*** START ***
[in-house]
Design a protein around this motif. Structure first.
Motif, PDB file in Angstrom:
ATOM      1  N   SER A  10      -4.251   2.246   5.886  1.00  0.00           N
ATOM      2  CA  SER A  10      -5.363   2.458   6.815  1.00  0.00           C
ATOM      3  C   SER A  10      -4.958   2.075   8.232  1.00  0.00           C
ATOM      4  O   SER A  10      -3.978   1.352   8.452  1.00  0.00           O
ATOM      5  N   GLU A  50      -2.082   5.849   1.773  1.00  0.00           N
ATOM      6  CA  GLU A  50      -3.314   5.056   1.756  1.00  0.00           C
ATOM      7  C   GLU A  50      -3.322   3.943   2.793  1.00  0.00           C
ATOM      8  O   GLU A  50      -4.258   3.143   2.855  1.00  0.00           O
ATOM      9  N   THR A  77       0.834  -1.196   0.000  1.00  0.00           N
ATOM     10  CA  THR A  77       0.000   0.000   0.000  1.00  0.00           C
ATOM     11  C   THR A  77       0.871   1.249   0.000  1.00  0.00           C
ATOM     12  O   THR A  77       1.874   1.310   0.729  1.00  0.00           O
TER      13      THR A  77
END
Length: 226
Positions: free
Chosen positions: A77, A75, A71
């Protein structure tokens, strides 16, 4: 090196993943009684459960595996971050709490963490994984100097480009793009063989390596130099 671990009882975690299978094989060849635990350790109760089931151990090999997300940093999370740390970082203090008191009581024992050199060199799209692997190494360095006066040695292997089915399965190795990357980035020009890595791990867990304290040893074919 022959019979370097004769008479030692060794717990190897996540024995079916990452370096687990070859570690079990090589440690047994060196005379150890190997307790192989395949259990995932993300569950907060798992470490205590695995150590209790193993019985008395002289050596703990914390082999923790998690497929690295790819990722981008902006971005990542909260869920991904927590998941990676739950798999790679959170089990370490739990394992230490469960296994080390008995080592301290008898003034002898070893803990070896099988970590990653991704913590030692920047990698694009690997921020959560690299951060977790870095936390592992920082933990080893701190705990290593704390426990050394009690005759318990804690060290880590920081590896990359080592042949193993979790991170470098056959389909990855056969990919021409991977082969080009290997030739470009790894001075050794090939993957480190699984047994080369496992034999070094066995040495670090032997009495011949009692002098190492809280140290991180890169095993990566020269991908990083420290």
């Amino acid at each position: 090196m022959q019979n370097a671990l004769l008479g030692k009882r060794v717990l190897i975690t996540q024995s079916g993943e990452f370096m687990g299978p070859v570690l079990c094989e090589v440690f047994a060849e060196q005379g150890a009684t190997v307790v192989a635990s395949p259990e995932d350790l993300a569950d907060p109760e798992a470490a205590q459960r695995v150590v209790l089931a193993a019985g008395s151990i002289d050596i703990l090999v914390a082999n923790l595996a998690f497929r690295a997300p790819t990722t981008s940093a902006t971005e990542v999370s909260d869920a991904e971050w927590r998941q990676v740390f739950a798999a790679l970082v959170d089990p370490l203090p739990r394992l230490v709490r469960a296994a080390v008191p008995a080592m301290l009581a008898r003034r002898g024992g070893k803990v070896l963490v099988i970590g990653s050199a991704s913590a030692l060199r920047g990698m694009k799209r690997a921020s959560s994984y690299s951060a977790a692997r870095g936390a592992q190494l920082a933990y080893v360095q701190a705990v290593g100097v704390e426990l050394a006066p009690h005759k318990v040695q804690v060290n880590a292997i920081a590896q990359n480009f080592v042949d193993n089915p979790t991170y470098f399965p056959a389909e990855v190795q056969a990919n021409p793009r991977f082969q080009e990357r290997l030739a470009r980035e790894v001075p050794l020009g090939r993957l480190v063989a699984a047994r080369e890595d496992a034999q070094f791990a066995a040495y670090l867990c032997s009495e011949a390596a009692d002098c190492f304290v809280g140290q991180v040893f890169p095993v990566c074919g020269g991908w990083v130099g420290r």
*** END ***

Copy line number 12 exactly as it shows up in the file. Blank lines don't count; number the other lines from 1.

ATOM      9  N   THR A  77       0.834  -1.196   0.000  1.00  0.00           N